Earlier this week we reported that Rolex, Tudor, Chopard, Chanel, and Patek announced their departure from Baselworld. But on top of that, they announced a new trade show they would be launching in April 2021 with FHH. That announcement occurred in conjunction with small to medium sized exhibitors putting Baselworld in the compromising situation of demanding their money back from the “postponed” Baselworld 2020.
If you thought this ride was over, you were wrong. Today LVMH has announced that it will be pulling Tag Heuer, Hublot, Zenith, and Bulgari from Baselworld. Which begs the question, who is even still signed on not just for Baselworld 2020, but future Baselworlds? With the departure of the LVMH brands, now it’s safe to say the the majority of commercial consumer watch manufacturers who represent big draws and exposure for Baselworld will no longer be attending. Allow me to continue my tally from the previous post on current issues Baselworld is facing.
- First Swatch, Seiko, Breitling, Bulgari, and more leave Baselworld
- Then Baselworld 2020 has been postponed to 2021
- Then exhibitors begin to demand their money back from Baselworld
- Next Rolex, Tudor, Patek, Chopard, Chanel announce they’re leaving and starting their own show
- Now LVMH has pulled Tag Heuer, Hublot, Zenith, and Bulgari from Baselworld
Truthfully, it seems that Baselworld’s only potential source of survival is the small to medium sized brands. However, those brands have for a large part been put in an incredibly difficult situation by Baselworld. They’ve paid $30,000 – $40,000 for booths at Baselworld 2020. That represents their entire marketing budget, which they spend solely to exhibit at Baselworld to generate revenue during the year. With Baselworld “postponed” to 2021, the key revenue driver for these brands in 2020 isn’t occurring.
Therefore, without at least getting their money back, some of these brands face financial ruin in 2020. So logically they demand to be refunded by Baselworld. However, the situation is further complicated by Baselworld’s admission that upon returning the small to medium sized exhibitors money, Baselworld itself may also face financial ruin and potential dissolution.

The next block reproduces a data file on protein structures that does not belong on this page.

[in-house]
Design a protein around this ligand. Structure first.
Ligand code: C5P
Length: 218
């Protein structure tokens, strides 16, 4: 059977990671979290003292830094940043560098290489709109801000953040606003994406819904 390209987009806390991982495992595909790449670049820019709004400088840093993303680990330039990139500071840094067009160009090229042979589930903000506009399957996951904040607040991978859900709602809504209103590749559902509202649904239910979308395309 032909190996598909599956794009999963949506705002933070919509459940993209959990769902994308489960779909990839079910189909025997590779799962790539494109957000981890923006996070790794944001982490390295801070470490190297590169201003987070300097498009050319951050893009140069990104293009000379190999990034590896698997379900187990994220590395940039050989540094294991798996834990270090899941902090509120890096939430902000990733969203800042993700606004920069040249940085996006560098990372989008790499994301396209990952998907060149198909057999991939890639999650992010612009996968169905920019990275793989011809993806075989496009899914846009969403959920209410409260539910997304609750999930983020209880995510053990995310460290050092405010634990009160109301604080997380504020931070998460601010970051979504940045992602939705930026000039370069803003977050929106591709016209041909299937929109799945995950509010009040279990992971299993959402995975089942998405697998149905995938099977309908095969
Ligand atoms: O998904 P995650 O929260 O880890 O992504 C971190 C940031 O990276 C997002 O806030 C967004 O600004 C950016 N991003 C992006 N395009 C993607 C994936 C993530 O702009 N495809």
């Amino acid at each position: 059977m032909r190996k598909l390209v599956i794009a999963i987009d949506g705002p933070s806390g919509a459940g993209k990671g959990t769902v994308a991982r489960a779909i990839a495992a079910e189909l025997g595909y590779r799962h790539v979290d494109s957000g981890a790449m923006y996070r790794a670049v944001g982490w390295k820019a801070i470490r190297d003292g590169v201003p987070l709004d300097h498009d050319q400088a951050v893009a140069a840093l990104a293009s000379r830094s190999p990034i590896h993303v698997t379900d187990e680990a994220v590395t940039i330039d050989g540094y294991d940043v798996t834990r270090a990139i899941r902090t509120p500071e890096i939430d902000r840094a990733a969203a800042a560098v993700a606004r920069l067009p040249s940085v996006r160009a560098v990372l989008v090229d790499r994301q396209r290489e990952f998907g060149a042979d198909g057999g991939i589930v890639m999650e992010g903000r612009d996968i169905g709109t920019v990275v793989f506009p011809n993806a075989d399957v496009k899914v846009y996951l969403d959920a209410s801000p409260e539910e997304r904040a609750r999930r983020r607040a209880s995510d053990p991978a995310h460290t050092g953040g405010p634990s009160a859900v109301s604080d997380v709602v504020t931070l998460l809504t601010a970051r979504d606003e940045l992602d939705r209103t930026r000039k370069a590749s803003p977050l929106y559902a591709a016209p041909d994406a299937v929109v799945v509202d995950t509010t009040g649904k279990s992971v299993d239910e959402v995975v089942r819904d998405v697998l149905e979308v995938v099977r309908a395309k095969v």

So where do we stand with Baselworld’s existence? It’s hard to say for certain – there are some possible avenues of survival and potential longevity the event could pursue. However regardless of what happens, Baselworld will never be, look, or feel the same ever again.
On that note, I’ll leave you with this. MCH Group (Baselworld’s organizers) have noted in a Press Release shared on April, 14th 2020, that Baselworld has: “invest[ed] substantial sums in further development of Baselworld and in the establishment of additional digital platforms. The MCH Group is convineced[sic] that, in addition to a physical platform, a connection with the community must be maintained throughout the year. More than ever before, it sees an opportunity to develop a modern platform in the watch and jewellery industry for brands that do not rely primarily on tradition, but above all on innovation.In the next few weeks, the MCH Group will be making a decision on the continuation of Baselworld and on investments in its further development, which is geared to the long term.”
Maybe a digital event is in the future? Let’s see what happens.
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Kaz has been collecting watches since 2015, but he’s been fascinated by product design, the Collector’s psychology, and brand marketing his whole life. While sharing the same strong fondness for all things horologically-affordable as Mike (his TBWS partner in crime), Kaz’s collection niche is also focused on vintage Soviet watches as well as watches that feature a unique, but well-designed quirk or visual hook.